#7 grossgary

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Posted 24 November 2009 - 11:43 PM

major differences between this and old school EA82's:

this is an interference engine. if the EA82 belt breaks, no big deal. if the belt breaks on this EJ25 you'll incur internal engine damage. that's why there's so much more talk about pulleys and tensioners on these motors than the EA stuff, though I like to do those too (but they're cheaper parts).

one belt, very easy to replace actually. anyone mechinically inclined can do it and Subaru has excellent information for those wanting to do it themselves on their endwrench site - Johnceggleston (member here) has a link in his signature to the timing belt articles! clever guy he is.

they're really easy, the belt can be done in an hour, but normally takes a good bit longer if you're doing other stuff while it's off - like seals, pump, etc.

#8 torxxx

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Posted 25 November 2009 - 12:00 AM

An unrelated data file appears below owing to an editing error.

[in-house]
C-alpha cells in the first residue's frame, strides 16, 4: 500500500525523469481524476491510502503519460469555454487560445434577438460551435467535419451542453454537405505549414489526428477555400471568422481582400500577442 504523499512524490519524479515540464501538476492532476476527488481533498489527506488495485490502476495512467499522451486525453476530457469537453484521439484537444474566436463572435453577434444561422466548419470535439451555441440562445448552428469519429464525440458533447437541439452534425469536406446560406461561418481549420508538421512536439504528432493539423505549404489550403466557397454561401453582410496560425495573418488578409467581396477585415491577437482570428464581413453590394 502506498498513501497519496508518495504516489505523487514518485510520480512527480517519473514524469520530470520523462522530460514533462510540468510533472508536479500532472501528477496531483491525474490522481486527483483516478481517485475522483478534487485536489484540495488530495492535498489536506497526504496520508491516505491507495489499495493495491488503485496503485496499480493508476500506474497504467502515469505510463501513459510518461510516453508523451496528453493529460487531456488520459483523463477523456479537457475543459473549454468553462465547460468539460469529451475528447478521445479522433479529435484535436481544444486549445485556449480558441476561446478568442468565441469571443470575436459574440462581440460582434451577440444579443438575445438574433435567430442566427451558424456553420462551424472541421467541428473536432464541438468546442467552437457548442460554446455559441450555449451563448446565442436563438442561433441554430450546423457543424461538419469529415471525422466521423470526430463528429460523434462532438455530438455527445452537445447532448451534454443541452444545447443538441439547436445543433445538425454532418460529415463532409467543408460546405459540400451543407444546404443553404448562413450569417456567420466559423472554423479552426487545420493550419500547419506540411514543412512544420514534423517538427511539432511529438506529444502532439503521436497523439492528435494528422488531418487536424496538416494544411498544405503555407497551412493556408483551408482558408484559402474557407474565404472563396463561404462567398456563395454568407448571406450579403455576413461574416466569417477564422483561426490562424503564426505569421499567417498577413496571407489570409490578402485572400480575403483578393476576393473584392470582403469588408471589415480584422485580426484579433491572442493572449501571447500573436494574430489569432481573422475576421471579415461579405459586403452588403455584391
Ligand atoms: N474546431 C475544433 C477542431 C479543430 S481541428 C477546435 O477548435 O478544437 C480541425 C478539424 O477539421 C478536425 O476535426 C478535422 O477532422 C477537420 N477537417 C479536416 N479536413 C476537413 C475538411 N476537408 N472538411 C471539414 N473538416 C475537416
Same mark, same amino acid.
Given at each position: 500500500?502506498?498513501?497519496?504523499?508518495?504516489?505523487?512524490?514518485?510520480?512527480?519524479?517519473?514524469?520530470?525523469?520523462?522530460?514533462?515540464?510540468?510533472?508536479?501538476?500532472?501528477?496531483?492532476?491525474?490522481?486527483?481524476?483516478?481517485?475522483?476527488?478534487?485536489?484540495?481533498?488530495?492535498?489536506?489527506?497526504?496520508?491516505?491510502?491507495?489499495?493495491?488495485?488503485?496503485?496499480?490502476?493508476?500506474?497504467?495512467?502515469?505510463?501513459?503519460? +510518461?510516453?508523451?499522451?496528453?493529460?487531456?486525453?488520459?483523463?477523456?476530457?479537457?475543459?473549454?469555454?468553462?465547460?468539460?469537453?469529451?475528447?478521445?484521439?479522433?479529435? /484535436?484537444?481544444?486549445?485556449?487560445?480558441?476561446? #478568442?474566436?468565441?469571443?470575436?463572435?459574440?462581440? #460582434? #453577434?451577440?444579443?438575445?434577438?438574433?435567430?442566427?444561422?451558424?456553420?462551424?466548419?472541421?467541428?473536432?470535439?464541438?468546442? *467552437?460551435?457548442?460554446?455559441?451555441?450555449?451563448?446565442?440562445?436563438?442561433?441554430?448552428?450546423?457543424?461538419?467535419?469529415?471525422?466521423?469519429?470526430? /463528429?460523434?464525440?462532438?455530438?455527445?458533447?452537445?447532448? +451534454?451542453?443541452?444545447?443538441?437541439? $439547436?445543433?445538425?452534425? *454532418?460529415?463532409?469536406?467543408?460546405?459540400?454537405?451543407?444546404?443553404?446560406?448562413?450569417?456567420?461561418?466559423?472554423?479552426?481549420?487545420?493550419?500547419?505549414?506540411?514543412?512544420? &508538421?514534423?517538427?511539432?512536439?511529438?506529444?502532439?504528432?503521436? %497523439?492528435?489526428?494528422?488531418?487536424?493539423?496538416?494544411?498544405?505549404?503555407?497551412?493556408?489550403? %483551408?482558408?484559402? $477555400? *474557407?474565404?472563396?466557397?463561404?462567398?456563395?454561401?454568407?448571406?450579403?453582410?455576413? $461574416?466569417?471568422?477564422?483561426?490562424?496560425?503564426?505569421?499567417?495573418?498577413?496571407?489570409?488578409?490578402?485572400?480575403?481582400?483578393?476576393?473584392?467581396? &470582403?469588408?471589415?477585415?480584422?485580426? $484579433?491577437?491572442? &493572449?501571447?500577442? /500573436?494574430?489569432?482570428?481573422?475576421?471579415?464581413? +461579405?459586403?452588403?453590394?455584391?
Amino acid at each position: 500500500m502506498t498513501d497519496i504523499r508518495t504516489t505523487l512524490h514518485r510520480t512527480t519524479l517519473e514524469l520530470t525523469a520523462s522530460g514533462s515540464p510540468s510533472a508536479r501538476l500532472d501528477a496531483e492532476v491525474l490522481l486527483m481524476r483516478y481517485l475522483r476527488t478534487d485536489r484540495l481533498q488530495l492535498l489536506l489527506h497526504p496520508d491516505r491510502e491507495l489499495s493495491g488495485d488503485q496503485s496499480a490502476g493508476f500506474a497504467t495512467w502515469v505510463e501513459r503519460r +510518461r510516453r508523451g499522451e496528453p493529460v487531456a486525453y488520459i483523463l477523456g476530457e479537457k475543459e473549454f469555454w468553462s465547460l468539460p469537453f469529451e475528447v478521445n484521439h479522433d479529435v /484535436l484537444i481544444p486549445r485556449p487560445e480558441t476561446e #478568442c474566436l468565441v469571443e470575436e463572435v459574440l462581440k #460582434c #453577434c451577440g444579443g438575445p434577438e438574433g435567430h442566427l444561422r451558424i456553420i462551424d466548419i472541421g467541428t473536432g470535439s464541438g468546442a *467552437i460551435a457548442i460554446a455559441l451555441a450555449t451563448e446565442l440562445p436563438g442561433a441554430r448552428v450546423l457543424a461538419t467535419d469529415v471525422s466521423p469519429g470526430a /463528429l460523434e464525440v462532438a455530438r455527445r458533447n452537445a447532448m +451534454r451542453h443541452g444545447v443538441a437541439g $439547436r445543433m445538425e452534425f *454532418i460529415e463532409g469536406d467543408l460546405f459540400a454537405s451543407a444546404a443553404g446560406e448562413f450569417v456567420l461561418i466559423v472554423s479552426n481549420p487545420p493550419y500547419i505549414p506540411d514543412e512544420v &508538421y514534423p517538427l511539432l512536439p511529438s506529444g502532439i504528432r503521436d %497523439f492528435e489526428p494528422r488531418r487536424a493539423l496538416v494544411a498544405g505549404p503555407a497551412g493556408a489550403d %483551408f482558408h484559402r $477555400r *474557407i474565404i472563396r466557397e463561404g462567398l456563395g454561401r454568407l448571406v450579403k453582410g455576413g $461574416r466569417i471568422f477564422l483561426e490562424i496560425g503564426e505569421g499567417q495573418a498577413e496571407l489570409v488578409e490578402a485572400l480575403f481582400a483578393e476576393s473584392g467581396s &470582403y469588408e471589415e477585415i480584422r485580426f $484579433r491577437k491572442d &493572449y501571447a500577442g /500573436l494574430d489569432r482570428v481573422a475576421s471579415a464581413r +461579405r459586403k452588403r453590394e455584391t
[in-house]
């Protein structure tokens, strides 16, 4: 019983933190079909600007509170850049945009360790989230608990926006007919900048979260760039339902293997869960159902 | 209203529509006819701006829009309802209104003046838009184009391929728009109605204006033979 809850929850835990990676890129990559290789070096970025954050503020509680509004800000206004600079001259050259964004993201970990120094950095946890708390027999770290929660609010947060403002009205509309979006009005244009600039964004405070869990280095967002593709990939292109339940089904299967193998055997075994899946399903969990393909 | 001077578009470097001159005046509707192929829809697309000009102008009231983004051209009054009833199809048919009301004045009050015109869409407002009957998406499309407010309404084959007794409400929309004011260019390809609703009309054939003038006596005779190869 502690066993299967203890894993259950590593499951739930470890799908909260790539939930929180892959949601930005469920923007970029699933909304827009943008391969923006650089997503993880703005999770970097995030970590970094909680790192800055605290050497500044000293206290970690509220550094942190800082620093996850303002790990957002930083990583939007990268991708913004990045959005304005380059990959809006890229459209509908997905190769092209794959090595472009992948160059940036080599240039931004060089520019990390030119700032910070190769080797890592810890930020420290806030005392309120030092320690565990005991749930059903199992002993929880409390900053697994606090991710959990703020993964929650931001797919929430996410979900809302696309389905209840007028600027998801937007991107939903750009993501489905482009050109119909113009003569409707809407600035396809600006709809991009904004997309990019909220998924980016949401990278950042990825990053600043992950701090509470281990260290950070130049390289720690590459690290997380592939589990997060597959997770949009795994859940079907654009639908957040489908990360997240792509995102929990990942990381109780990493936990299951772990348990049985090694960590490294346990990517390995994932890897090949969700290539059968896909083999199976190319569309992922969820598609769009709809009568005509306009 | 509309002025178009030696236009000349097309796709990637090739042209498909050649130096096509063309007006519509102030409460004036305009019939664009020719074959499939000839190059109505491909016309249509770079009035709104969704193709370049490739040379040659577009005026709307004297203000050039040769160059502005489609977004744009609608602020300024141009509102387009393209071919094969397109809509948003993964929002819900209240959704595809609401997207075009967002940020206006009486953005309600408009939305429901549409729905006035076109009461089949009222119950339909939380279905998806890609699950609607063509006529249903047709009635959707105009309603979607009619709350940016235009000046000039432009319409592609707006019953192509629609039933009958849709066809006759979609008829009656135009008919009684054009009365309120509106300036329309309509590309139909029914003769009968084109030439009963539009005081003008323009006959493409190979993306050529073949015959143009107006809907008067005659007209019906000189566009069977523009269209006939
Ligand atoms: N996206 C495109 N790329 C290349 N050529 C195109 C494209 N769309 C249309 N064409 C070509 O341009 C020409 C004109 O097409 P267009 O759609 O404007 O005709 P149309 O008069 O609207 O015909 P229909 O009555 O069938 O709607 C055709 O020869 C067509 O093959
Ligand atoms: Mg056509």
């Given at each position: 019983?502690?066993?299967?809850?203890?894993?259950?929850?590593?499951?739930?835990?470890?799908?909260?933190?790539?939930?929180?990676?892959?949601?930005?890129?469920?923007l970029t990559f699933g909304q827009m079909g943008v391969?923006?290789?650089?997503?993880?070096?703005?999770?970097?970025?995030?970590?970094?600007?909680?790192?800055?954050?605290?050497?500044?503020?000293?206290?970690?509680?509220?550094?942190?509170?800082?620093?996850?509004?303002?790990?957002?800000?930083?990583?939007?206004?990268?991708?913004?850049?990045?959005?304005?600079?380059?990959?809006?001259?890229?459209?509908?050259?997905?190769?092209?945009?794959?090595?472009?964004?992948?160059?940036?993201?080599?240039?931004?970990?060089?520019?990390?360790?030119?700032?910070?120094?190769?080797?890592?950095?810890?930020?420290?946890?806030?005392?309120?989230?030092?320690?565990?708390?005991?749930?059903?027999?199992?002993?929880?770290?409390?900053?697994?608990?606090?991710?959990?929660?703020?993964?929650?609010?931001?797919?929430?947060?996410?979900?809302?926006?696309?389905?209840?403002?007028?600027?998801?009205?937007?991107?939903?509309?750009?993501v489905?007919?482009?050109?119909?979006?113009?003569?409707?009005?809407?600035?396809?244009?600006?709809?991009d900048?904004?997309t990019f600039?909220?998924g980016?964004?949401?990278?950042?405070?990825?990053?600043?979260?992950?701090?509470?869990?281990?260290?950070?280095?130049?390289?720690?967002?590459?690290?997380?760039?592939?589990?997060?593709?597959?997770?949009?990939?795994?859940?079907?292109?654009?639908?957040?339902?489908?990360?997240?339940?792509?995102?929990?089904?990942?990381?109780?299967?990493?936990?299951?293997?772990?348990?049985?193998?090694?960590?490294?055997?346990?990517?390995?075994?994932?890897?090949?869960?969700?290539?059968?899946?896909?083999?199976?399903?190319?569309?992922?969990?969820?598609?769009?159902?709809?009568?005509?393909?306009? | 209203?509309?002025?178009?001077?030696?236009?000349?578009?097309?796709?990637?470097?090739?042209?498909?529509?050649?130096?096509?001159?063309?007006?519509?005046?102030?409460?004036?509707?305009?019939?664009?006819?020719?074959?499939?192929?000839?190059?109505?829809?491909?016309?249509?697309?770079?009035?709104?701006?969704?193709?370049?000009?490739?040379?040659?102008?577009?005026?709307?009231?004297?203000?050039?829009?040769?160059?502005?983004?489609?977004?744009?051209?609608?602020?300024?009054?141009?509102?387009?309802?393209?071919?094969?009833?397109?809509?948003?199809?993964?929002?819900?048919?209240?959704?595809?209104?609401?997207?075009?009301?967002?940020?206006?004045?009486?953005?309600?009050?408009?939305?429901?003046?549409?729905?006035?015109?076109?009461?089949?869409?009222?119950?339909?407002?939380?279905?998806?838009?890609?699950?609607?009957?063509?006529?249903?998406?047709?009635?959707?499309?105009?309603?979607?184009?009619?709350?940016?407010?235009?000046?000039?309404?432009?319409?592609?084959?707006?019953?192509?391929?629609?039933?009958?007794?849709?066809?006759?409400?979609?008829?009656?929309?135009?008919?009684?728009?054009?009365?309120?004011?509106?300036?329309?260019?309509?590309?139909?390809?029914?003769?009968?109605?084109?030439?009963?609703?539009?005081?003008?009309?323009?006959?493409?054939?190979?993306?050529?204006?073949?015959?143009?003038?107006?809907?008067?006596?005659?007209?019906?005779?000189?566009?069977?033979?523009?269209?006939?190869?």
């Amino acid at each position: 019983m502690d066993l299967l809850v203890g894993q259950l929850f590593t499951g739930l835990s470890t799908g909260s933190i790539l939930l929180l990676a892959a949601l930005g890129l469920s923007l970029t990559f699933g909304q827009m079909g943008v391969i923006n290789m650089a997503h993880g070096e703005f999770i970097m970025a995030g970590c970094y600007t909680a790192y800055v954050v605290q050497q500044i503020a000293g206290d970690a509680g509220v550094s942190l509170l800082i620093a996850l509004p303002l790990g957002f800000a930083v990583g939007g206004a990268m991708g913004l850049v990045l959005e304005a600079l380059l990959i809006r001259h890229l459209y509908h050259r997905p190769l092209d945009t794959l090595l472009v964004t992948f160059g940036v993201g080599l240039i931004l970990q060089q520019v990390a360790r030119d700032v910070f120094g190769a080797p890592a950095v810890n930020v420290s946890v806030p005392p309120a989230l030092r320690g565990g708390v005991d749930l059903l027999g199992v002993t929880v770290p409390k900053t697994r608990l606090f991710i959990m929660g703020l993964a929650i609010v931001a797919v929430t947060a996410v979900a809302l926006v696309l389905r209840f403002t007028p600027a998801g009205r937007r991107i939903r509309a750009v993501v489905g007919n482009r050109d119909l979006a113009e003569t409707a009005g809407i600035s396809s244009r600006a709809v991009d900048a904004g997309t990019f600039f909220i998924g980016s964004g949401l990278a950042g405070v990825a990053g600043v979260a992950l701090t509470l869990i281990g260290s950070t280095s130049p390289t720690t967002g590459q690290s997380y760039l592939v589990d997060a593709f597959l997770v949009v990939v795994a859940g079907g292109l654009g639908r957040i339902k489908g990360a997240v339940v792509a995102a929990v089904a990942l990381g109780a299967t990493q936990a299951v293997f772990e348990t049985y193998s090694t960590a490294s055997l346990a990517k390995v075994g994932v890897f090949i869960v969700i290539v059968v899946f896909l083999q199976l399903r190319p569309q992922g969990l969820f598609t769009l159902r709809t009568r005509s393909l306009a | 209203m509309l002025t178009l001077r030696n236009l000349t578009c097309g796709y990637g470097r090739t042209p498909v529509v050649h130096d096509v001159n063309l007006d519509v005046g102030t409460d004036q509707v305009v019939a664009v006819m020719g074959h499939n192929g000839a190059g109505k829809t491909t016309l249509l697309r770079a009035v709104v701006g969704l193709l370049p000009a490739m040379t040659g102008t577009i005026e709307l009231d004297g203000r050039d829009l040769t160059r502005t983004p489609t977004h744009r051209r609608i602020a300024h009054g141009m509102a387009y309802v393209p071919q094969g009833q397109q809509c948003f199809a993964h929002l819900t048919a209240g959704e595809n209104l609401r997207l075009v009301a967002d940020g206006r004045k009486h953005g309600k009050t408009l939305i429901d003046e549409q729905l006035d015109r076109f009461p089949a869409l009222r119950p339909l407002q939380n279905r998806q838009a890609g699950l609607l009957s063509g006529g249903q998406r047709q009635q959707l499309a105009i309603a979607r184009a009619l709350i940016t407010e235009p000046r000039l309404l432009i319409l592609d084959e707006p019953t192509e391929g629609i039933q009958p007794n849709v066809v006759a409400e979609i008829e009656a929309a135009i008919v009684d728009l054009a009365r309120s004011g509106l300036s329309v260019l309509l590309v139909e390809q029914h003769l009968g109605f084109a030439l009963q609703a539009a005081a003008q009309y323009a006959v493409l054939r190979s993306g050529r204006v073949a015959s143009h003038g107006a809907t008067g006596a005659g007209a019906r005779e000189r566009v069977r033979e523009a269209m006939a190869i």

699 for a timing belt job is a rip.

its 2.8 hours book time to do the job and usually around 90-100 an hr labor rate. Its such a low mileage engine that the pulleys etc are prolly fine. if you arent hearing a grinding or whirring noise from the front of the engine, the pulleys are most likely fine.

The entire test the tensioner thing is a load of crap. I've never done it, never had one fail (done 100's of the 96+ Ej22 and EJ25's). As long as its not leaking oil, and it takes around 2 to 3 minutes to compress it in a vice its fine. you dont wanna just crank the vice closed. it should be stiff and turn in easy on about 1/2 turn on the vice handle, then stiffen up. I usually do 1/2 turns at a time and wait 20 seconds or so and you'll feel it get easy to turn again.